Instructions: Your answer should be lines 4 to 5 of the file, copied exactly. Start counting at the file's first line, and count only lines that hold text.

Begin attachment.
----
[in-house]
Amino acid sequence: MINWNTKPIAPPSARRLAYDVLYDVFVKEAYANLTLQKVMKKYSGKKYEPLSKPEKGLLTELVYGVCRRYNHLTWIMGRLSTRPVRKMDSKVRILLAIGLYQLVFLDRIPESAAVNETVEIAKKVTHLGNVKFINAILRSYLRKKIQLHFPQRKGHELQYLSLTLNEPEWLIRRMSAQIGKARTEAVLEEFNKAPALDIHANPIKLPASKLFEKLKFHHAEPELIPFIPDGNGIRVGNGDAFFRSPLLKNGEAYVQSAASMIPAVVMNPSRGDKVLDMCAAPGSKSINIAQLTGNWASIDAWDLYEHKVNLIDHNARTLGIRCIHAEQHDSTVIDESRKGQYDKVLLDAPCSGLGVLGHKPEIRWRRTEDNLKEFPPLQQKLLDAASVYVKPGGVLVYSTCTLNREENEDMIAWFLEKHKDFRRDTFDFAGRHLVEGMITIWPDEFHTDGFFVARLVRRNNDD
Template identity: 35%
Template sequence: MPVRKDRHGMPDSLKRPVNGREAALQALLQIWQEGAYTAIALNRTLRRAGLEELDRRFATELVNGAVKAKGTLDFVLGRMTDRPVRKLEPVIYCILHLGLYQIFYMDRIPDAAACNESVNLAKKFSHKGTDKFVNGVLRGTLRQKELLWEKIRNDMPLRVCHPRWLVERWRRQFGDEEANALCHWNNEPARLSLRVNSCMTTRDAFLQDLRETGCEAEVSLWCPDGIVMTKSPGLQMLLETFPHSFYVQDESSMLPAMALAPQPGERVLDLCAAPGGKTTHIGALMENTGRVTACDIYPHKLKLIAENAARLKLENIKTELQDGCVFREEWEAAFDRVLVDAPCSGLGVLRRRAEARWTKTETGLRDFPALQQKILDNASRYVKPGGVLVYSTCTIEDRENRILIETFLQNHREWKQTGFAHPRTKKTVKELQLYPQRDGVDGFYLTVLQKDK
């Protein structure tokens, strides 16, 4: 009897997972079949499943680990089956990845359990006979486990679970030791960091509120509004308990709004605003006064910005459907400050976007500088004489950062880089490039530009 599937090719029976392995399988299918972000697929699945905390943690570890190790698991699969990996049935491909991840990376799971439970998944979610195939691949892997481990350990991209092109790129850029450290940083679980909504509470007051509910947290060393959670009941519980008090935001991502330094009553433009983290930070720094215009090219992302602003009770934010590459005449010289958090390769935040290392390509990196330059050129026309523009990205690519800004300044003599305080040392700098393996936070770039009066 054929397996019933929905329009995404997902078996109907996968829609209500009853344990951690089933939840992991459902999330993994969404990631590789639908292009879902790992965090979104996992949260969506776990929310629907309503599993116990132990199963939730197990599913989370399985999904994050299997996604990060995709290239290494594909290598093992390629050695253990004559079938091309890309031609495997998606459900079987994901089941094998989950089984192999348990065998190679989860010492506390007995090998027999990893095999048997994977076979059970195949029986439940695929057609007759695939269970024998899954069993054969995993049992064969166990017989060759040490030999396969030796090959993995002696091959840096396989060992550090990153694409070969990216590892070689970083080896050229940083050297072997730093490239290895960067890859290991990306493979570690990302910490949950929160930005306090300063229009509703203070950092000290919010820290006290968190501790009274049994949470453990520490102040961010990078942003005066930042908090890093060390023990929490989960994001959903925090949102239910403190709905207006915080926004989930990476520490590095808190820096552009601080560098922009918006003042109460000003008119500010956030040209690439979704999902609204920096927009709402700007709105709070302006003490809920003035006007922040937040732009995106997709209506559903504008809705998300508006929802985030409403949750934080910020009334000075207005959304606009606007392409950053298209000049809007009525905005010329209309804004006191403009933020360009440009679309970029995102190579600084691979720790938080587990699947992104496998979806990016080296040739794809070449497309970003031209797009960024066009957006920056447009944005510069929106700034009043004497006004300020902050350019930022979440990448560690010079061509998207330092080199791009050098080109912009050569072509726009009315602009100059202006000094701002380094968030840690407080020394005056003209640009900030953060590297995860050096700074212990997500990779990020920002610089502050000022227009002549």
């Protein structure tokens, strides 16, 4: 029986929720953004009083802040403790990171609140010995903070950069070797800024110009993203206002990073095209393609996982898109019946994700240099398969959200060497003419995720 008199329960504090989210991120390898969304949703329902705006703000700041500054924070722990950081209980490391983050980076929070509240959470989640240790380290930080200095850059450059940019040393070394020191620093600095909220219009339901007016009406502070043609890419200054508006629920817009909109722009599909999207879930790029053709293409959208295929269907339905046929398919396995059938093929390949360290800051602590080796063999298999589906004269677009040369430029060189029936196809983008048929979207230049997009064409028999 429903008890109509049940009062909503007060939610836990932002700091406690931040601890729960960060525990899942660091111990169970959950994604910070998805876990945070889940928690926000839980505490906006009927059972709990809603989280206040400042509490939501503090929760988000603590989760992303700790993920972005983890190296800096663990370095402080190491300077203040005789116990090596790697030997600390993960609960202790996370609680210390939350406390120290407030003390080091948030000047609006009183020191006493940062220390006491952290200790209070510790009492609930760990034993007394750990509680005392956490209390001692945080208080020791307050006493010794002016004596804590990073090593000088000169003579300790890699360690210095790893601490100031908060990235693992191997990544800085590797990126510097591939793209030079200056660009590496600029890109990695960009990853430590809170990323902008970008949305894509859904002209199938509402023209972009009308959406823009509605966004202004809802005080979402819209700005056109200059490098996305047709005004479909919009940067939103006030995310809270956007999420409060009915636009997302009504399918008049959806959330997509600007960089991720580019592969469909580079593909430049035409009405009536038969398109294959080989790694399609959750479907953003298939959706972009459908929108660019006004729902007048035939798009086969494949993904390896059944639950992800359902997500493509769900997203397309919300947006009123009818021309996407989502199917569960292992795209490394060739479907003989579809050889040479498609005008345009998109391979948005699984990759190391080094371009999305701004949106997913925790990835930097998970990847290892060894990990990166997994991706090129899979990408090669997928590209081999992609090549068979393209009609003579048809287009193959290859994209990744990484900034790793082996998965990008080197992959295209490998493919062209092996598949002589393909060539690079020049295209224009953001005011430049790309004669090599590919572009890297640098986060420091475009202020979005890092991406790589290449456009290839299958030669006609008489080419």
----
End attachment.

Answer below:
Template sequence: MPVRKDRHGMPDSLKRPVNGREAALQALLQIWQEGAYTAIALNRTLRRAGLEELDRRFATELVNGAVKAKGTLDFVLGRMTDRPVRKLEPVIYCILHLGLYQIFYMDRIPDAAACNESVNLAKKFSHKGTDKFVNGVLRGTLRQKELLWEKIRNDMPLRVCHPRWLVERWRRQFGDEEANALCHWNNEPARLSLRVNSCMTTRDAFLQDLRETGCEAEVSLWCPDGIVMTKSPGLQMLLETFPHSFYVQDESSMLPAMALAPQPGERVLDLCAAPGGKTTHIGALMENTGRVTACDIYPHKLKLIAENAARLKLENIKTELQDGCVFREEWEAAFDRVLVDAPCSGLGVLRRRAEARWTKTETGLRDFPALQQKILDNASRYVKPGGVLVYSTCTIEDRENRILIETFLQNHREWKQTGFAHPRTKKTVKELQLYPQRDGVDGFYLTVLQKDK
């Protein structure tokens, strides 16, 4: 009897997972079949499943680990089956990845359990006979486990679970030791960091509120509004308990709004605003006064910005459907400050976007500088004489950062880089490039530009 599937090719029976392995399988299918972000697929699945905390943690570890190790698991699969990996049935491909991840990376799971439970998944979610195939691949892997481990350990991209092109790129850029450290940083679980909504509470007051509910947290060393959670009941519980008090935001991502330094009553433009983290930070720094215009090219992302602003009770934010590459005449010289958090390769935040290392390509990196330059050129026309523009990205690519800004300044003599305080040392700098393996936070770039009066 054929397996019933929905329009995404997902078996109907996968829609209500009853344990951690089933939840992991459902999330993994969404990631590789639908292009879902790992965090979104996992949260969506776990929310629907309503599993116990132990199963939730197990599913989370399985999904994050299997996604990060995709290239290494594909290598093992390629050695253990004559079938091309890309031609495997998606459900079987994901089941094998989950089984192999348990065998190679989860010492506390007995090998027999990893095999048997994977076979059970195949029986439940695929057609007759695939269970024998899954069993054969995993049992064969166990017989060759040490030999396969030796090959993995002696091959840096396989060992550090990153694409070969990216590892070689970083080896050229940083050297072997730093490239290895960067890859290991990306493979570690990302910490949950929160930005306090300063229009509703203070950092000290919010820290006290968190501790009274049994949470453990520490102040961010990078942003005066930042908090890093060390023990929490989960994001959903925090949102239910403190709905207006915080926004989930990476520490590095808190820096552009601080560098922009918006003042109460000003008119500010956030040209690439979704999902609204920096927009709402700007709105709070302006003490809920003035006007922040937040732009995106997709209506559903504008809705998300508006929802985030409403949750934080910020009334000075207005959304606009606007392409950053298209000049809007009525905005010329209309804004006191403009933020360009440009679309970029995102190579600084691979720790938080587990699947992104496998979806990016080296040739794809070449497309970003031209797009960024066009957006920056447009944005510069929106700034009043004497006004300020902050350019930022979440990448560690010079061509998207330092080199791009050098080109912009050569072509726009009315602009100059202006000094701002380094968030840690407080020394005056003209640009900030953060590297995860050096700074212990997500990779990020920002610089502050000022227009002549």